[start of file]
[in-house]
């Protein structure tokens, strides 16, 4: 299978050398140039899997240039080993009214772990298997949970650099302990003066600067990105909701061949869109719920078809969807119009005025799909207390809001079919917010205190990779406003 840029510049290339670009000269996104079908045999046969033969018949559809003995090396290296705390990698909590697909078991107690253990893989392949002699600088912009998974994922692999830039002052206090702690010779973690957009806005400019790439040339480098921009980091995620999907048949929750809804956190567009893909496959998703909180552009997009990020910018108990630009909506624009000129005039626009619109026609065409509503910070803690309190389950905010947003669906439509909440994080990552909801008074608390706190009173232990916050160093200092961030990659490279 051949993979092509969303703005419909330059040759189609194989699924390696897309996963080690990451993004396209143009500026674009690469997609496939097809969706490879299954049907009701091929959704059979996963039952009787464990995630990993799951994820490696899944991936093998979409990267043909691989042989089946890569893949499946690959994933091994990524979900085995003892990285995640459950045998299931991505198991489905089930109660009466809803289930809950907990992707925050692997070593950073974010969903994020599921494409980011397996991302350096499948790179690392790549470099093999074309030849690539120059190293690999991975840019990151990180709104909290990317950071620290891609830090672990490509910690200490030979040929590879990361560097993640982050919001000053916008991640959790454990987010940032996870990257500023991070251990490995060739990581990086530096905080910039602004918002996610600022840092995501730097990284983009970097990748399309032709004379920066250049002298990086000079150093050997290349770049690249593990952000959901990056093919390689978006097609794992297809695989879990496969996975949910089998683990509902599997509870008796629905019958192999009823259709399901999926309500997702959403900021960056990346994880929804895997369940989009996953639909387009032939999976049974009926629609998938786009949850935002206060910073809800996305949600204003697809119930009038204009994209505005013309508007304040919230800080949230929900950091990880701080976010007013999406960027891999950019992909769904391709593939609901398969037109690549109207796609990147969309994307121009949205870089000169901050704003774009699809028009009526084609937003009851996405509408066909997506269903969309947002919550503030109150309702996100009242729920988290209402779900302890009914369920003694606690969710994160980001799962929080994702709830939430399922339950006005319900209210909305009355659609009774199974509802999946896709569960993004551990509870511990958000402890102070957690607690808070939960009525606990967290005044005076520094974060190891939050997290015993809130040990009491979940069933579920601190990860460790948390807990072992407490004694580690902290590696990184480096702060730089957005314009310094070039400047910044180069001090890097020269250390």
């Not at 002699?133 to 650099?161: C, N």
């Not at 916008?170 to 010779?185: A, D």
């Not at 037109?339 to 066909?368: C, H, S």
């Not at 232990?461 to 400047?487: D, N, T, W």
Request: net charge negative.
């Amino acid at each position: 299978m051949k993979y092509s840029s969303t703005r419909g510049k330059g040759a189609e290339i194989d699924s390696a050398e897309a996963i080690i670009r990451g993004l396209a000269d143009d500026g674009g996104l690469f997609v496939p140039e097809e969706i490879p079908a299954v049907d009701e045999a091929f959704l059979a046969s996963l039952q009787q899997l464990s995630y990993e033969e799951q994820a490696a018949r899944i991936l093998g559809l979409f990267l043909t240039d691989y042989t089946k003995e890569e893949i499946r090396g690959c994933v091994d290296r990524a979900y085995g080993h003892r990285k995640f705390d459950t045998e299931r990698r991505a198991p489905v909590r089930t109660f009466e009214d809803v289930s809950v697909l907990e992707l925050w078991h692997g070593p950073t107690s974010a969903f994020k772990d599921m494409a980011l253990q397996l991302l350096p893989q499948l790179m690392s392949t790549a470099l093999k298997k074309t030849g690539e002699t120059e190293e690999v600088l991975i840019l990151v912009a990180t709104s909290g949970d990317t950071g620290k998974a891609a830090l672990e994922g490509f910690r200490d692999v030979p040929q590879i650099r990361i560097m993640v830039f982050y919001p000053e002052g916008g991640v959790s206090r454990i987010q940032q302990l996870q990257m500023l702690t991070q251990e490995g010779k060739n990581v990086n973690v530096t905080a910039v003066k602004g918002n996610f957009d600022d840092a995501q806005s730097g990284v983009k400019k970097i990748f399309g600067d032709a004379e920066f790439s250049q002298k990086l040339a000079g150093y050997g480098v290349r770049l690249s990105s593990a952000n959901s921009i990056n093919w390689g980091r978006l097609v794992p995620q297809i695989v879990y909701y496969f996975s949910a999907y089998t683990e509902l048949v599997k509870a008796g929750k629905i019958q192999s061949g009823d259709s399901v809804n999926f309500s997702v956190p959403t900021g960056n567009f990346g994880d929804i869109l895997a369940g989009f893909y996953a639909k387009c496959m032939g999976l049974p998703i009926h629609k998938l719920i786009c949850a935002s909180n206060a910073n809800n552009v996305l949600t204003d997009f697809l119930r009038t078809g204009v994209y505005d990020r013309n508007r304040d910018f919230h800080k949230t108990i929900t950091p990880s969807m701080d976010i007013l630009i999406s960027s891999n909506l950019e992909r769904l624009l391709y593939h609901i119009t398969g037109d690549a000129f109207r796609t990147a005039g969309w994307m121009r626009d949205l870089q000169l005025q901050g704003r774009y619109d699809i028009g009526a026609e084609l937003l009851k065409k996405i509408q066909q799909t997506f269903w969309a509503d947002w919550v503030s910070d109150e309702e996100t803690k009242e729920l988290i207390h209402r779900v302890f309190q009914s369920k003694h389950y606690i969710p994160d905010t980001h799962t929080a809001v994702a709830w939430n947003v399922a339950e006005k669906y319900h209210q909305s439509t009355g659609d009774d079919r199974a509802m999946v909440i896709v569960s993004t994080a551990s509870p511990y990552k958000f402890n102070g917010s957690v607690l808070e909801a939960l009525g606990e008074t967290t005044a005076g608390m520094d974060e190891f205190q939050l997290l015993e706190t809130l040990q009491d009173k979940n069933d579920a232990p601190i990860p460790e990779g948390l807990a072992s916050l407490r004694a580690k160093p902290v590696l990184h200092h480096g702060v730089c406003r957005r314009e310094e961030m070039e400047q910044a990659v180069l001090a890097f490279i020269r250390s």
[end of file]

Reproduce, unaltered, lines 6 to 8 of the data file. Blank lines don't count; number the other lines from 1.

């Not at 232990?461 to 400047?487: D, N, T, W």
Request: net charge negative.
């Amino acid at each position: 299978m051949k993979y092509s840029s969303t703005r419909g510049k330059g040759a189609e290339i194989d699924s390696a050398e897309a996963i080690i670009r990451g993004l396209a000269d143009d500026g674009g996104l690469f997609v496939p140039e097809e969706i490879p079908a299954v049907d009701e045999a091929f959704l059979a046969s996963l039952q009787q899997l464990s995630y990993e033969e799951q994820a490696a018949r899944i991936l093998g559809l979409f990267l043909t240039d691989y042989t089946k003995e890569e893949i499946r090396g690959c994933v091994d290296r990524a979900y085995g080993h003892r990285k995640f705390d459950t045998e299931r990698r991505a198991p489905v909590r089930t109660f009466e009214d809803v289930s809950v697909l907990e992707l925050w078991h692997g070593p950073t107690s974010a969903f994020k772990d599921m494409a980011l253990q397996l991302l350096p893989q499948l790179m690392s392949t790549a470099l093999k298997k074309t030849g690539e002699t120059e190293e690999v600088l991975i840019l990151v912009a990180t709104s909290g949970d990317t950071g620290k998974a891609a830090l672990e994922g490509f910690r200490d692999v030979p040929q590879i650099r990361i560097m993640v830039f982050y919001p000053e002052g916008g991640v959790s206090r454990i987010q940032q302990l996870q990257m500023l702690t991070q251990e490995g010779k060739n990581v990086n973690v530096t905080a910039v003066k602004g918002n996610f957009d600022d840092a995501q806005s730097g990284v983009k400019k970097i990748f399309g600067d032709a004379e920066f790439s250049q002298k990086l040339a000079g150093y050997g480098v290349r770049l690249s990105s593990a952000n959901s921009i990056n093919w390689g980091r978006l097609v794992p995620q297809i695989v879990y909701y496969f996975s949910a999907y089998t683990e509902l048949v599997k509870a008796g929750k629905i019958q192999s061949g009823d259709s399901v809804n999926f309500s997702v956190p959403t900021g960056n567009f990346g994880d929804i869109l895997a369940g989009f893909y996953a639909k387009c496959m032939g999976l049974p998703i009926h629609k998938l719920i786009c949850a935002s909180n206060a910073n809800n552009v996305l949600t204003d997009f697809l119930r009038t078809g204009v994209y505005d990020r013309n508007r304040d910018f919230h800080k949230t108990i929900t950091p990880s969807m701080d976010i007013l630009i999406s960027s891999n909506l950019e992909r769904l624009l391709y593939h609901i119009t398969g037109d690549a000129f109207r796609t990147a005039g969309w994307m121009r626009d949205l870089q000169l005025q901050g704003r774009y619109d699809i028009g009526a026609e084609l937003l009851k065409k996405i509408q066909q799909t997506f269903w969309a509503d947002w919550v503030s910070d109150e309702e996100t803690k009242e729920l988290i207390h209402r779900v302890f309190q009914s369920k003694h389950y606690i969710p994160d905010t980001h799962t929080a809001v994702a709830w939430n947003v399922a339950e006005k669906y319900h209210q909305s439509t009355g659609d009774d079919r199974a509802m999946v909440i896709v569960s993004t994080a551990s509870p511990y990552k958000f402890n102070g917010s957690v607690l808070e909801a939960l009525g606990e008074t967290t005044a005076g608390m520094d974060e190891f205190q939050l997290l015993e706190t809130l040990q009491d009173k979940n069933d579920a232990p601190i990860p460790e990779g948390l807990a072992s916050l407490r004694a580690k160093p902290v590696l990184h200092h480096g702060v730089c406003r957005r314009e310094e961030m070039e400047q910044a990659v180069l001090a890097f490279i020269r250390s």